Working and Setting Times

Depending on the technique selected and patient tolerance to impression making clinicians have choices in the working and setting times they can select. While for one or two crowns/inlays/onlays for an impression the working and setting time can be shorter, for multiple units, especially for a full-arch impression, an extended working time will be needed for placement of the impression material. Recently, some manufacturers have made modifications to the chemistry of VPS materials so that the relationship of setting and working time is altered using temperature-sensitive chemical initiators. Without compromising the other important physical properties of the material, the thermosensitive VPS has greater sensitivity to the warmer intraoral temperatures inside the patient’s mouth, accelerating the setting reaction. With thermosensitive impression materials this setting reaction acceleration reduces the risk of distortion and deformation that can occur when holding and stabilizing a tray in place during the setting reaction.

Dispensing Technique

Automixing continues to be the most popular impression material technique for dispensing. For high-volume dental practices, larger bulk cartridges can be used in electric automatic impression mixing machines that allow for faster extrusion for tray and syringe loading.

There have been a number of cordless gingival retraction and hemorrhage control pastes introduced aimed at simplifying soft-tissue management during impression making; however, this still requires the use of a multi-step technique—ie, placing and then removing the retraction paste, drying the tooth, then performing the steps for making the impression. One recent innovative system combines the benefits of cordless retraction and soft-tissue management with the accuracy of VPS impression materials. After applying a hemostatic agent to control bleeding, the clinician applies a pre-impression tooth surface optimizer to the tooth preparation. Using a novel air-driven handpiece/dispenser and the VPS wash material cartridge, the wash material retracts the soft tissue and captures the details of the impression. The higher-viscosity VPS material in a tray is then seated.

One Size Does Not Fit All

PVS, VPES, and PE impression materials have demonstrated improvements in the past decade as manufacturers have responded to clinician and patient needs. Like most dental materials, one size does not fit all. Clinicians have choices to use the acceptable techniques that are most comfortable to them and reproducible in their practice. If a clinician is interested in expanding into CAD/CAM restorations without purchasing a digital scanning device, he or she should evaluate the direct scannable PVS impression materials. As dentistry pushes further into the digital realm, impression materials are still a highly viable clinical option for dental practices.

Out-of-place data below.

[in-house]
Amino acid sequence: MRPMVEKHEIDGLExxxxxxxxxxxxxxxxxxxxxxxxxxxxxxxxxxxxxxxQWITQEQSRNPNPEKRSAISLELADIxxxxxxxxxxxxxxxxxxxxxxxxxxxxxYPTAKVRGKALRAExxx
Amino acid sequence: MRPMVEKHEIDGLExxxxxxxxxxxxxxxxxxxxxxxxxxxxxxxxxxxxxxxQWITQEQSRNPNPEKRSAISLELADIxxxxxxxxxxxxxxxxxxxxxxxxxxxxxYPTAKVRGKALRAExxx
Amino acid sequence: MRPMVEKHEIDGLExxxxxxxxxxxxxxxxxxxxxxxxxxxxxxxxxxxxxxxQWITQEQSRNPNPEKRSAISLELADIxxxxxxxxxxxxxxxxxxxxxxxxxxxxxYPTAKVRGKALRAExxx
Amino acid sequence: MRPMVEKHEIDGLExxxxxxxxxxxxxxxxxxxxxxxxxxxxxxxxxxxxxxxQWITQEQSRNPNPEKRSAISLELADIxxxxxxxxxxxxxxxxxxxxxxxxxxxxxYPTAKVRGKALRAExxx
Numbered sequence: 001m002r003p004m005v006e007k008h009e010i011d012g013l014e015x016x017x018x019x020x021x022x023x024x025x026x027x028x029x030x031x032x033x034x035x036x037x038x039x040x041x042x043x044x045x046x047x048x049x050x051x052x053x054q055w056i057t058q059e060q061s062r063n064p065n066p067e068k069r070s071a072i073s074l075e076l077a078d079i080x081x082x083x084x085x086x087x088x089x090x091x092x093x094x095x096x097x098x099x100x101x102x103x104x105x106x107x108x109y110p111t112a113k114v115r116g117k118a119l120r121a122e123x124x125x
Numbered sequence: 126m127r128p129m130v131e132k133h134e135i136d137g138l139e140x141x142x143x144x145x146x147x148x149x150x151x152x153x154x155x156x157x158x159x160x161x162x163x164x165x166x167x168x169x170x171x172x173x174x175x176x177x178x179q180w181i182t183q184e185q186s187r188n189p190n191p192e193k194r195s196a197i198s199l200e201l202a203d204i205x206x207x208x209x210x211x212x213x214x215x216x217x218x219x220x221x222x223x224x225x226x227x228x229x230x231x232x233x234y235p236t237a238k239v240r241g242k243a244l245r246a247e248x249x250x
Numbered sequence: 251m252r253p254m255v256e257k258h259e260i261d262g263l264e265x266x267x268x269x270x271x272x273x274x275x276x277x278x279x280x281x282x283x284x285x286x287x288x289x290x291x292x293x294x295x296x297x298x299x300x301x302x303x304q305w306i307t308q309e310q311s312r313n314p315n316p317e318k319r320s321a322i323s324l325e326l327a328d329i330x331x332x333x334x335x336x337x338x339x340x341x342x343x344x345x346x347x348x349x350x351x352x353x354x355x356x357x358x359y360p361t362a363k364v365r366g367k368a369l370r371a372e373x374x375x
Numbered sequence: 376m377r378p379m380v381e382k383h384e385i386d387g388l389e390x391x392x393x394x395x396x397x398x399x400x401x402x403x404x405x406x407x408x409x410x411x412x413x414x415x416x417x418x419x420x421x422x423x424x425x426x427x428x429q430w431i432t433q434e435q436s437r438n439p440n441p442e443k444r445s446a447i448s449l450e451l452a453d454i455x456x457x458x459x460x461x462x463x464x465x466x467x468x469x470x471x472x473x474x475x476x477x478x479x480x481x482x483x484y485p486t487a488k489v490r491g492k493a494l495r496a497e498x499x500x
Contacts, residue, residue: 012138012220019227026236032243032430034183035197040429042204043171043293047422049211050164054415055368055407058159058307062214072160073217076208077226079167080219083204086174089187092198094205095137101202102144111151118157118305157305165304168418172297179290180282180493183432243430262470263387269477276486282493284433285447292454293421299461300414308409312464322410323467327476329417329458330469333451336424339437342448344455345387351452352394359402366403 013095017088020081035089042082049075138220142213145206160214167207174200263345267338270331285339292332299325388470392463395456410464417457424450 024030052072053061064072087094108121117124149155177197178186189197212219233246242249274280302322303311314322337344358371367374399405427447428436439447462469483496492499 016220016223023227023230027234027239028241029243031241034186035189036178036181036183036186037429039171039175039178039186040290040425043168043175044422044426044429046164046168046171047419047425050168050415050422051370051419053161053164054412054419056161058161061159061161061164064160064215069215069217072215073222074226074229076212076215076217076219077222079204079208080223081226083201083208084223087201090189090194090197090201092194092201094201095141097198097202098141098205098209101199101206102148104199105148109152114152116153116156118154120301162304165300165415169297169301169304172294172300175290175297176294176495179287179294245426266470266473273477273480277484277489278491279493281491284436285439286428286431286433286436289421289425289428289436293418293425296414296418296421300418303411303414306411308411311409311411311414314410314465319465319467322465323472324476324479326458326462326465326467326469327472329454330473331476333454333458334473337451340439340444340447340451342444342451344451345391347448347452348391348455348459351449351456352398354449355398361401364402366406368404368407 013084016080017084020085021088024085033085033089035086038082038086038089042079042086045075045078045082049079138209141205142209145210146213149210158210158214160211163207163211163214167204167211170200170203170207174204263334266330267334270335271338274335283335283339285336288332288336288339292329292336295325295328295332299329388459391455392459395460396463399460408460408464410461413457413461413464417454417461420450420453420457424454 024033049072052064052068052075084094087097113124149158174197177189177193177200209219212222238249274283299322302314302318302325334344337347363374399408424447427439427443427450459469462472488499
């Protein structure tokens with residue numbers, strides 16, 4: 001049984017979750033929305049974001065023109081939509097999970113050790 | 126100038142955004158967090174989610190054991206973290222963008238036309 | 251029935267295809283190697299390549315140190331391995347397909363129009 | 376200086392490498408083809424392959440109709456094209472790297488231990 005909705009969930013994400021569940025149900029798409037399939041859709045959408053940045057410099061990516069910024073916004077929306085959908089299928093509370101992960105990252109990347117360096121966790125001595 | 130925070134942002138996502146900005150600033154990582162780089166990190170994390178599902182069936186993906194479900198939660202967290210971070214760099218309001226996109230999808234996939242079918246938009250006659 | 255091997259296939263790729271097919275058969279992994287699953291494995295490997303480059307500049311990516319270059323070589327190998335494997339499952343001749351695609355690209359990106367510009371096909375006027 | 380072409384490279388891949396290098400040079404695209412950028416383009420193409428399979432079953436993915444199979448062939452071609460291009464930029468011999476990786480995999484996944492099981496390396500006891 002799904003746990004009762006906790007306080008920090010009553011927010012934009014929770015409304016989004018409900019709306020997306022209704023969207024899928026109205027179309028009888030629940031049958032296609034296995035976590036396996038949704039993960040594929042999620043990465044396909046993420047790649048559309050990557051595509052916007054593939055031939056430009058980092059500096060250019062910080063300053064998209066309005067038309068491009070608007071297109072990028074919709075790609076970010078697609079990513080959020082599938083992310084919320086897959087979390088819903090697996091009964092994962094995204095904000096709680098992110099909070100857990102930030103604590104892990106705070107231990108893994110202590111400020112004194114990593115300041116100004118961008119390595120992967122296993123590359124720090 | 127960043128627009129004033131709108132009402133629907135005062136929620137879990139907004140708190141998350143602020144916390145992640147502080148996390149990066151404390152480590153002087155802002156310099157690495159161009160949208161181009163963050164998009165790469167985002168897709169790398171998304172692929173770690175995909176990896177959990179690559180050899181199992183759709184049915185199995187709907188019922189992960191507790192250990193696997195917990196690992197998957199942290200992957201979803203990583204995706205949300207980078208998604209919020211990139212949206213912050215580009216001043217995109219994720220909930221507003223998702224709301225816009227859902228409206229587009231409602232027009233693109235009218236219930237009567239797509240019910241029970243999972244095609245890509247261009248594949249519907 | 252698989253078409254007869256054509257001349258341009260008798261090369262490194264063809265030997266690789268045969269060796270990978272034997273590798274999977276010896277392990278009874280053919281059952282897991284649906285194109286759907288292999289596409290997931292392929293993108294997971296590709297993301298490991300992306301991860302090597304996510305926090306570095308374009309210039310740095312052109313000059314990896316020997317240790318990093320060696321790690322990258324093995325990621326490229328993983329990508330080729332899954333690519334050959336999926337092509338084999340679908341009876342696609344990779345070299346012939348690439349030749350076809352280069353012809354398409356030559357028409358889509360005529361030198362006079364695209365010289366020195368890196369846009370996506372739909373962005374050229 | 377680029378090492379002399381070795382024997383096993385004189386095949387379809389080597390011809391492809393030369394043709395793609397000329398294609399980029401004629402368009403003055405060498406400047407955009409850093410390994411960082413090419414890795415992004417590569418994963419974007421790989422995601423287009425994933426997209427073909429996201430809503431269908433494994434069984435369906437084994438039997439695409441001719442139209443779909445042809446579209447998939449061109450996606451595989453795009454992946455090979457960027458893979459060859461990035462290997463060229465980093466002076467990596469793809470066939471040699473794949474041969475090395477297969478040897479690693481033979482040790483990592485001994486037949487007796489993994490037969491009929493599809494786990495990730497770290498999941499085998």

References

1. Seelbach P, Brueckel C, Wöstmann B. Accuracy of digital and conventional impression techniques and workflow. Clin Oral Investig. 2013;17(7):1759-1764.

2. Cho SH, Schaefer O, Thompson GA, Guentsch A. Comparison of accuracy and reproducibility of casts made by digital and conventional methods. J Prosthet Dent. 2015;113(4):310-315.

3. Elastomeric impression materials. The Dental Advisor. 2003;20(10):1-4.

4. Lee EA. Impression material selection in contemporary fixed prosthodontics: technique, rationale, and indications. Compend Contin Educ Dent. 2005;26(11):780-789.

5. Re D, De Angelis F, Augusti G, et al. Mechanical properties of elastomeric impression materials: an in vitro comparison. Int J Dent. 2015;2015:428286. doi:10.1155/2015/428286.

6. Nassar U, Oko A, Adeeb S, et al. An in vitro study on the dimensional stability of a vinyl polyether silicone impression material over a prolonged storage period. J Prosthet Dent. 2013;109(3):172-178.

7. Walker MP, Rondeau M, Petrie C, et al. Surface quality and long-term dimensional stability of current elastomeric impression materials after disinfection. J Prosthodont. 2007;16(5):343-351.

8. Peregrina A, Land MF, Wandling C, Johnston WM. The effect of different adhesives on vinyl polysiloxane bond strength to two tray materials. J Prosthet Dent. 2005;94(3):209-213.

Educational Resources

Intraoral Digital Impressioning for Dental Implant Restorations Versus Traditional Implant Impression Techniques
dentalaegis.com/go/cced949

Digital Impressions Versus Traditional Impressions: An Objective Discussion
dentalaegis.com/go/cced950

Comparing Digital and Conventional Impressions: Assessing Today's Systems
dentalaegis.com/go/cced951

Special Report: Clinicians Reaping Benefits of New Concepts In Impressioning
dentalaegis.com/go/cced952